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National study registry seeks volunteers

by Cindy Abole
Public Relations
South Carolina residents seeking the latest information about research studies within the state and beyond now have several useful tools to help them connect and become active participants in science. Their interest and commitment could lead to the advancement of new health treatment options and discoveries for patients suffering from disease and other ailments.
The South Carolina Clinical and Translational Research Institute (SCTR) Success Center joined a national consortium led by Vanderbilt University to develop an online registry to match the interests of participating men and women with research investigators at MUSC. The Research Match project also connects with other institutions to make strides in scientific knowledge and therapies related to cancer and other forms of disease through one central online resource.
In early October, SCTR launched the MUSC Hero campaign, which serves as a local, comprehensive listing of all active Institutional Review Board (IRB)-based clinical trials activity at MUSC. Research Match provides the perfect complement as  a new Web-based, study-neutral (beyond clinical trials) recruitment registry that went live in November. The program connects interested men and women to research activity and researchers who are involved in recruitment. Since it’s launch, its estimated that more than 1,000 study volunteers already have registered in research study activities both nationally and in South Carolina.
“Research Match is a very unique opportunity for the local public to have access to research studies that are being conducted at MUSC and around the country,” said Teresa Kelechi, Ph.D., R.N., associate professor of nursing and institutional research match liaison and recruitment director. “We’re very excited about the MUSC Heroes campaign, which is currently in progress and believe Research Match will complement this initiative by providing the public with even more research study participation options.”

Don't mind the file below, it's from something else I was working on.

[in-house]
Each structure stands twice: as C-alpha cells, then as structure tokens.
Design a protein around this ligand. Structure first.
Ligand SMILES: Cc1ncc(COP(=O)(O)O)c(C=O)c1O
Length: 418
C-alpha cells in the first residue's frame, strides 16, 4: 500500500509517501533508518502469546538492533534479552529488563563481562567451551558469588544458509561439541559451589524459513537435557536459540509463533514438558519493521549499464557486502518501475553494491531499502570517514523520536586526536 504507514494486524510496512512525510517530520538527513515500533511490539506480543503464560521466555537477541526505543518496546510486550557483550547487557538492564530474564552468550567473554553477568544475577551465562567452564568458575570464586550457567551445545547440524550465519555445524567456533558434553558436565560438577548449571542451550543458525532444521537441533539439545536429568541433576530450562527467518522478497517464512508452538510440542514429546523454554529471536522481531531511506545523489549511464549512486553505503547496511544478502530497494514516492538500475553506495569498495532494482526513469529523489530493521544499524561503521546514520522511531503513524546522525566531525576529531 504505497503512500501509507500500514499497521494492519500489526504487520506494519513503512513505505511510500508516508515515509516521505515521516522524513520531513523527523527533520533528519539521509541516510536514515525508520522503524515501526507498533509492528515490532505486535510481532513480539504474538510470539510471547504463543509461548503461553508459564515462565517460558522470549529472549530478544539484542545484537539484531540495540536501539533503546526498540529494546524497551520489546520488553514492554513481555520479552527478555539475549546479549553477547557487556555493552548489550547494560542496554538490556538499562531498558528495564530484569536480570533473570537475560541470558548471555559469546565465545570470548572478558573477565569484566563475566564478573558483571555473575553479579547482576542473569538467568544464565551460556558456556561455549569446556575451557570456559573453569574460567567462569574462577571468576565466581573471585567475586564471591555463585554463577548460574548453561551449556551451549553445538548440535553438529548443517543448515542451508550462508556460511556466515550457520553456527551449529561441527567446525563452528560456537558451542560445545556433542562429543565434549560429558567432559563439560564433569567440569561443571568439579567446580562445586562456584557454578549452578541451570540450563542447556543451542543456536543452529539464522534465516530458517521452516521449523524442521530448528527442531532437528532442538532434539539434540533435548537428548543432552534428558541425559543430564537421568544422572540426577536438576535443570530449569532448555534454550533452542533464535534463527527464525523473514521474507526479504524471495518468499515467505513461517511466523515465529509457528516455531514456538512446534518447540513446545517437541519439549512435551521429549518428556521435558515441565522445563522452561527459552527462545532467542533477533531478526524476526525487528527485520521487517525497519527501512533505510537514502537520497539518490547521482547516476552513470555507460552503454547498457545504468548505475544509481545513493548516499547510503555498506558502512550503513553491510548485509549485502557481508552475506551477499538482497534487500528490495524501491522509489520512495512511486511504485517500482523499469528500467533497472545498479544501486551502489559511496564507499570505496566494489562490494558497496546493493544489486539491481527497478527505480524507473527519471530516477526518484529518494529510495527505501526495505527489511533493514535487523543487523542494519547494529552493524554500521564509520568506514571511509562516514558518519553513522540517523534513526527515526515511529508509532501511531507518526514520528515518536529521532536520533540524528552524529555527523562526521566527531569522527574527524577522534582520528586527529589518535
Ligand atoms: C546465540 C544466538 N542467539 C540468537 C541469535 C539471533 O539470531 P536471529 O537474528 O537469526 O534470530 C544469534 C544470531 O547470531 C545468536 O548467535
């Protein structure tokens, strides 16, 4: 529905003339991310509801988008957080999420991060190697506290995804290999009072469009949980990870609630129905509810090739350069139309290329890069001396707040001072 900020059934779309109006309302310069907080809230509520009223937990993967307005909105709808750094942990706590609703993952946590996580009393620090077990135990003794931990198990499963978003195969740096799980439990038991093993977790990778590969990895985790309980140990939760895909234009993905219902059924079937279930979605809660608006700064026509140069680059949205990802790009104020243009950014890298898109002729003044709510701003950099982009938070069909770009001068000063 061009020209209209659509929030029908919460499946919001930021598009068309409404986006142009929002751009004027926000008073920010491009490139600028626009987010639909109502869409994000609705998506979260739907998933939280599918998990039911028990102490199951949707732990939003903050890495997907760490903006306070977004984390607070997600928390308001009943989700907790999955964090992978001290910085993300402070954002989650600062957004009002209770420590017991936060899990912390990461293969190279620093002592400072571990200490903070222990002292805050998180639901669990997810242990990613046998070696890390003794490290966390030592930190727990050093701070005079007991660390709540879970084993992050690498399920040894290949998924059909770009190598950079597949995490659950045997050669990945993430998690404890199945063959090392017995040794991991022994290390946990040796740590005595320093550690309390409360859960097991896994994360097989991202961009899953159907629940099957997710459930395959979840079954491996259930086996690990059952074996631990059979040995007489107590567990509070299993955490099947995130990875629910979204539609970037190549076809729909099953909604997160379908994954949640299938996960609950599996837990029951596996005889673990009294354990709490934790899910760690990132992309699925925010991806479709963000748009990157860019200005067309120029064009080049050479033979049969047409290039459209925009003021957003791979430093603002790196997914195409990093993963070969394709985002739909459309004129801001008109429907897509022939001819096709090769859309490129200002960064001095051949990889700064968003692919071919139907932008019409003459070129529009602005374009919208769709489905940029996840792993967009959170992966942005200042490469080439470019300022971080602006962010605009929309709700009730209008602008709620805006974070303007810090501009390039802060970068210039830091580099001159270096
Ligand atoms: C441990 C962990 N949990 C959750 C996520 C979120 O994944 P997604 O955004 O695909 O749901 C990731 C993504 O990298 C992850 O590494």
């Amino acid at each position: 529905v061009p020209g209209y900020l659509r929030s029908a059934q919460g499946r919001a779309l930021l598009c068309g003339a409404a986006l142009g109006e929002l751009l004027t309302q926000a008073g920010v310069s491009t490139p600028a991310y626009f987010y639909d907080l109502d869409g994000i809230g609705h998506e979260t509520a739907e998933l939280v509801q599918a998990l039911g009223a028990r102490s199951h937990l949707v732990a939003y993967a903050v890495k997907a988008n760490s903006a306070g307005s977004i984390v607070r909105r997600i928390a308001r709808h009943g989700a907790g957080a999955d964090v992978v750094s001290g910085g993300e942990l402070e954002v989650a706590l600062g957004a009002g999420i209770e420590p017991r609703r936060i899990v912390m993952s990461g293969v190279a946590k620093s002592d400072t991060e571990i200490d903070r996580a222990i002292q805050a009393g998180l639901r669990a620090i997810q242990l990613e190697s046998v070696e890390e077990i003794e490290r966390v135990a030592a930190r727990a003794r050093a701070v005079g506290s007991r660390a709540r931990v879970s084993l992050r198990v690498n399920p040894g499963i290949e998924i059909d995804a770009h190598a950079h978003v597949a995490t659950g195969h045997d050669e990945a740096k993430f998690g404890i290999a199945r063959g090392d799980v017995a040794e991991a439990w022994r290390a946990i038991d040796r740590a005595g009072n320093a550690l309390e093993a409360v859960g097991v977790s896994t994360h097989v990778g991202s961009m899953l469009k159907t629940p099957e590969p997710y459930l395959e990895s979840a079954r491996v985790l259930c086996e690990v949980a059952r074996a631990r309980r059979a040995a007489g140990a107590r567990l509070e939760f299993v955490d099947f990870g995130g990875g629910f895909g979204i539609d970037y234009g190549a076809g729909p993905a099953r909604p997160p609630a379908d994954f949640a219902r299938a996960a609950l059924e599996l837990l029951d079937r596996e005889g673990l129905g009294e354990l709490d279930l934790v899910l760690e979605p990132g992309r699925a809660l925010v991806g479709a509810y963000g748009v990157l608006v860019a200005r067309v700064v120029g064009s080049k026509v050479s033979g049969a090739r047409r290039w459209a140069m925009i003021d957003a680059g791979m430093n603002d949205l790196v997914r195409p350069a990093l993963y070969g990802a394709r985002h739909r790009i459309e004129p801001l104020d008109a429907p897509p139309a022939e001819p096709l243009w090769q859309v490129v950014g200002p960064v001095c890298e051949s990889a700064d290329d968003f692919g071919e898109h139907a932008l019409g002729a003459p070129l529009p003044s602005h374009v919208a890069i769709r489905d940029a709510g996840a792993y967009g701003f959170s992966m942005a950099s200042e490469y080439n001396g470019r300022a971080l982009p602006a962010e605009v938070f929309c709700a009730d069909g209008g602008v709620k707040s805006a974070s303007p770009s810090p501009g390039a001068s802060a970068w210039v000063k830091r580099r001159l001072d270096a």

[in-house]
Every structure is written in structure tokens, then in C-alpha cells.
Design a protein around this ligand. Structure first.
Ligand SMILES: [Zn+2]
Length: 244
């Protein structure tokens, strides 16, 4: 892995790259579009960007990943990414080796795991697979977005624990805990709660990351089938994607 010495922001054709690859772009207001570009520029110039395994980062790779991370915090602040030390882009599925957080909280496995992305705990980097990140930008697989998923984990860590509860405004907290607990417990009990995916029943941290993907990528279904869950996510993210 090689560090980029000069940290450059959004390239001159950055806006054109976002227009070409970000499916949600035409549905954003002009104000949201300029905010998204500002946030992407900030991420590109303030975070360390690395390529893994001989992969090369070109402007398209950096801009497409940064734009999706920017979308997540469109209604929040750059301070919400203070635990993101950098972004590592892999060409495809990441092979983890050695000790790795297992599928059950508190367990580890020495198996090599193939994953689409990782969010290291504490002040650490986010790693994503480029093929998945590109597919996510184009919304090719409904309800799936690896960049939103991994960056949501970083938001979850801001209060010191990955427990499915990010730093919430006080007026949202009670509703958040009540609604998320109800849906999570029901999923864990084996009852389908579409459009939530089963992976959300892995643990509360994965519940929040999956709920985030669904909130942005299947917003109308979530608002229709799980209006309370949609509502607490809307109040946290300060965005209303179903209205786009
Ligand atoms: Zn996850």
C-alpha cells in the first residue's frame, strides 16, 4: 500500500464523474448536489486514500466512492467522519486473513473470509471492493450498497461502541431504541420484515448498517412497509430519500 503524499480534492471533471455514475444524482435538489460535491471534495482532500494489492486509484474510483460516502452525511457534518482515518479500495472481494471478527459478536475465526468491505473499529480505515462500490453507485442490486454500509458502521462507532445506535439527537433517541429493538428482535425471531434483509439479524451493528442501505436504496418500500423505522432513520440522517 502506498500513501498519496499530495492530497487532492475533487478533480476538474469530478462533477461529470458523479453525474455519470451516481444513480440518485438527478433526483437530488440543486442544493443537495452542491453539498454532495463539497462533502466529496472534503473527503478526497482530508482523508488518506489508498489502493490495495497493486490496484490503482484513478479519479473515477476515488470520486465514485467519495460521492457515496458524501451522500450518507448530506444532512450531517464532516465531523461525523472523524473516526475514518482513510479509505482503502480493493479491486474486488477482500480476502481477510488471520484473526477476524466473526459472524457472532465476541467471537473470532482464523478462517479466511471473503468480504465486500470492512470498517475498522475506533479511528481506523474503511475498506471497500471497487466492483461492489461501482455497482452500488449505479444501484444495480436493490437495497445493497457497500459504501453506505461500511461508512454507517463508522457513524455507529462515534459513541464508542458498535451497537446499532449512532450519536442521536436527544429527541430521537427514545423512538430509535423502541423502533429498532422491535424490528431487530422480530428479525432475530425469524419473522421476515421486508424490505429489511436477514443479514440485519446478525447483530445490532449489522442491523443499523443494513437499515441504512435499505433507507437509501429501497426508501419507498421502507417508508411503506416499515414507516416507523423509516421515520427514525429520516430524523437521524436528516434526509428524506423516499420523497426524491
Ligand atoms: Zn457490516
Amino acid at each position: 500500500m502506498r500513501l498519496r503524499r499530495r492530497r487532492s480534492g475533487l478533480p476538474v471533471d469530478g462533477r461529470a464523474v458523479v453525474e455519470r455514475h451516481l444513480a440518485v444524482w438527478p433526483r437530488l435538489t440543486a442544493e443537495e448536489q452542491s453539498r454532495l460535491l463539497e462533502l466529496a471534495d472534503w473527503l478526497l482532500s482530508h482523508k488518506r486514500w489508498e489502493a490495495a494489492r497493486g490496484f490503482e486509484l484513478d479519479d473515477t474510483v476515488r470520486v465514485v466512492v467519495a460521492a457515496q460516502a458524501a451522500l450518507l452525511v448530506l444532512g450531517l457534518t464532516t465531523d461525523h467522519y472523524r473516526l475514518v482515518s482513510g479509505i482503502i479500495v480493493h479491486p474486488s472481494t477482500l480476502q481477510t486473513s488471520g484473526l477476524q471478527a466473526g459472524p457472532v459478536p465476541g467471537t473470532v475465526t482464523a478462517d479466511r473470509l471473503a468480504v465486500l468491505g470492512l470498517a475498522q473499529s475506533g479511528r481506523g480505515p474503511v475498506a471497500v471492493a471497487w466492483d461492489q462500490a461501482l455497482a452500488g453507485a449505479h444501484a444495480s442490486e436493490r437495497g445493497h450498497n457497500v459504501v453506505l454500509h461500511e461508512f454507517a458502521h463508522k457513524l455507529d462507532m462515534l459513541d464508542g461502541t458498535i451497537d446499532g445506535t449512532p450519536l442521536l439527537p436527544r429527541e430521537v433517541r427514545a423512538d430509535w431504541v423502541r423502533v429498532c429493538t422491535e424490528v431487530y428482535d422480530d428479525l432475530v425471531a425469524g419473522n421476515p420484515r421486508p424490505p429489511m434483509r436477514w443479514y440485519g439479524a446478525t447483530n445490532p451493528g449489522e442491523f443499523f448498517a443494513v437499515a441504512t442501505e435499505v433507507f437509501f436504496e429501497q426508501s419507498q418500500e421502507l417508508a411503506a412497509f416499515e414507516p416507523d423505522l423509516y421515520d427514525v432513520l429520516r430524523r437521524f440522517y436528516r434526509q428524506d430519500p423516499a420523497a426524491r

Because it’s Web-based, volunteers self-register online, 24/7, and provide specific information all within a secure, convenient system. Participants are matched using criteria, key identifier information including age, race, ethnicity, health status and preferred distance to travel.  Starting in late January, investigators and their research teams will gain access to the Research Match database and receive information about potential volunteers. At this time, MUSC Research Match coordinators are focused on study recruitment and building up the program’s database before researchers get involved. Once volunteers are “matched” by the system, they may give permission for researchers to  contact them for studies in which they are interested in participating and to begin the recruitment process.
“Research Match features an ability for study volunteers to upload information directly into the system at their own convenience and let the matching system do the rest. The system provides tools that place a lot of control [ability to acknowledge or reject involvement] in the study volunteer’s hands. It’s a wonderful opportunity for people to sign up and get involved,” said Randal Davis, SCTR project director.
For the first year, only National Institutes of Health’s (NIH) Clinical Translational Research Award (CTSA) network researchers will use this recruitment tool, although plans call to expand it to other institutions during the next few years. The program is actively recruiting men, women and children of all ages to register in this national online registry. The program is seeking both healthy  and disease-specific volunteers.